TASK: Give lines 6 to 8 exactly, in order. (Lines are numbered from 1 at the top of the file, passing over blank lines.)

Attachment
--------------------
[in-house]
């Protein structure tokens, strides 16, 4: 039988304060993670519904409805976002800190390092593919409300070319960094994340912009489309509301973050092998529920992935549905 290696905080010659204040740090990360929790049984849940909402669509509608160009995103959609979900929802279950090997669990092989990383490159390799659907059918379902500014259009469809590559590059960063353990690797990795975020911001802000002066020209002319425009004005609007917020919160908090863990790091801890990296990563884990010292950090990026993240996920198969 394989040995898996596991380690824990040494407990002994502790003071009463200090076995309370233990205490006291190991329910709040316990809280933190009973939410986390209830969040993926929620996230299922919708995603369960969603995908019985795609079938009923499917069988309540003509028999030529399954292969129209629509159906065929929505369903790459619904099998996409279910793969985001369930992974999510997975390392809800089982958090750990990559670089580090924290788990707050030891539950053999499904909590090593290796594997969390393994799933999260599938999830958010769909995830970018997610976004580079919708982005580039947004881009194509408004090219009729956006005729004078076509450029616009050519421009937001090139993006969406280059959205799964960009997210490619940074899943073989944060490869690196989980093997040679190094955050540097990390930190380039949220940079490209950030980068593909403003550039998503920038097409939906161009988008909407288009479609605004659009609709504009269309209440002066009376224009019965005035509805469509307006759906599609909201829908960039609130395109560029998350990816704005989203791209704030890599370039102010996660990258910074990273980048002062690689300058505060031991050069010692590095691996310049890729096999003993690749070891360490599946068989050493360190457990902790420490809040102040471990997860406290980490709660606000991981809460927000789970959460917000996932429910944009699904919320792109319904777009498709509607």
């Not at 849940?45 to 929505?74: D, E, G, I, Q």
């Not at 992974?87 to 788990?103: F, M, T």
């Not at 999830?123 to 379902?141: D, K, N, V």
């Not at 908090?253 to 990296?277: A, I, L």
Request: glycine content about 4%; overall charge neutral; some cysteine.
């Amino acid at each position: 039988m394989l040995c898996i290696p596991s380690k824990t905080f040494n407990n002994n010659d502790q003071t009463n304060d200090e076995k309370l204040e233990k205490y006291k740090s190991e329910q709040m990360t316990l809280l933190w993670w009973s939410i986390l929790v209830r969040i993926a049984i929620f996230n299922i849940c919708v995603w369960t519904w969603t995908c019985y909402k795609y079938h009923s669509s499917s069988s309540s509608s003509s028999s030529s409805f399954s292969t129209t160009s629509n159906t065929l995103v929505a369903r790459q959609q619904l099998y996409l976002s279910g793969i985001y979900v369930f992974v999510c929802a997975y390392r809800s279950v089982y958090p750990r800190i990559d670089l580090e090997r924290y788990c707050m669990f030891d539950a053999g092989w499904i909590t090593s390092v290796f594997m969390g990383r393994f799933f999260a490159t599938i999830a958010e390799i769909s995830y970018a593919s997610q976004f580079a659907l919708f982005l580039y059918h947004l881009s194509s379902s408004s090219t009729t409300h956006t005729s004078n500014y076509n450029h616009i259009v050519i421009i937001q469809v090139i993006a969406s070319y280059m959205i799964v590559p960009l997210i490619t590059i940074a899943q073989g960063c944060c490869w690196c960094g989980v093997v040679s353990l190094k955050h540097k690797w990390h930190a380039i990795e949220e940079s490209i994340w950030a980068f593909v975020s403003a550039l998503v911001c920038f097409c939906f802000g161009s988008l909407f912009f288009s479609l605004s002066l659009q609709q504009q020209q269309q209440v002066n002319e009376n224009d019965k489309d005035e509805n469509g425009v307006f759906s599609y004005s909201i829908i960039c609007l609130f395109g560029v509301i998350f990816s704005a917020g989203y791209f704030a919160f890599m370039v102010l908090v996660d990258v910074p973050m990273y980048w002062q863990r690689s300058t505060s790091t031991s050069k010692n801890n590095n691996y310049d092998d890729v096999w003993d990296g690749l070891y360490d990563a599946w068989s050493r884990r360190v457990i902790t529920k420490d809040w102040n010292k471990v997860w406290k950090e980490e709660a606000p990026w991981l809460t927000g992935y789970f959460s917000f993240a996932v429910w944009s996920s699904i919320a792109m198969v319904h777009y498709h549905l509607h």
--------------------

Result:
């Not at 908090?253 to 990296?277: A, I, L």
Request: glycine content about 4%; overall charge neutral; some cysteine.
């Amino acid at each position: 039988m394989l040995c898996i290696p596991s380690k824990t905080f040494n407990n002994n010659d502790q003071t009463n304060d200090e076995k309370l204040e233990k205490y006291k740090s190991e329910q709040m990360t316990l809280l933190w993670w009973s939410i986390l929790v209830r969040i993926a049984i929620f996230n299922i849940c919708v995603w369960t519904w969603t995908c019985y909402k795609y079938h009923s669509s499917s069988s309540s509608s003509s028999s030529s409805f399954s292969t129209t160009s629509n159906t065929l995103v929505a369903r790459q959609q619904l099998y996409l976002s279910g793969i985001y979900v369930f992974v999510c929802a997975y390392r809800s279950v089982y958090p750990r800190i990559d670089l580090e090997r924290y788990c707050m669990f030891d539950a053999g092989w499904i909590t090593s390092v290796f594997m969390g990383r393994f799933f999260a490159t599938i999830a958010e390799i769909s995830y970018a593919s997610q976004f580079a659907l919708f982005l580039y059918h947004l881009s194509s379902s408004s090219t009729t409300h956006t005729s004078n500014y076509n450029h616009i259009v050519i421009i937001q469809v090139i993006a969406s070319y280059m959205i799964v590559p960009l997210i490619t590059i940074a899943q073989g960063c944060c490869w690196c960094g989980v093997v040679s353990l190094k955050h540097k690797w990390h930190a380039i990795e949220e940079s490209i994340w950030a980068f593909v975020s403003a550039l998503v911001c920038f097409c939906f802000g161009s988008l909407f912009f288009s479609l605004s002066l659009q609709q504009q020209q269309q209440v002066n002319e009376n224009d019965k489309d005035e509805n469509g425009v307006f759906s599609y004005s909201i829908i960039c609007l609130f395109g560029v509301i998350f990816s704005a917020g989203y791209f704030a919160f890599m370039v102010l908090v996660d990258v910074p973050m990273y980048w002062q863990r690689s300058t505060s790091t031991s050069k010692n801890n590095n691996y310049d092998d890729v096999w003993d990296g690749l070891y360490d990563a599946w068989s050493r884990r360190v457990i902790t529920k420490d809040w102040n010292k471990v997860w406290k950090e980490e709660a606000p990026w991981l809460t927000g992935y789970f959460s917000f993240a996932v429910w944009s996920s699904i919320a792109m198969v319904h777009y498709h549905l509607h």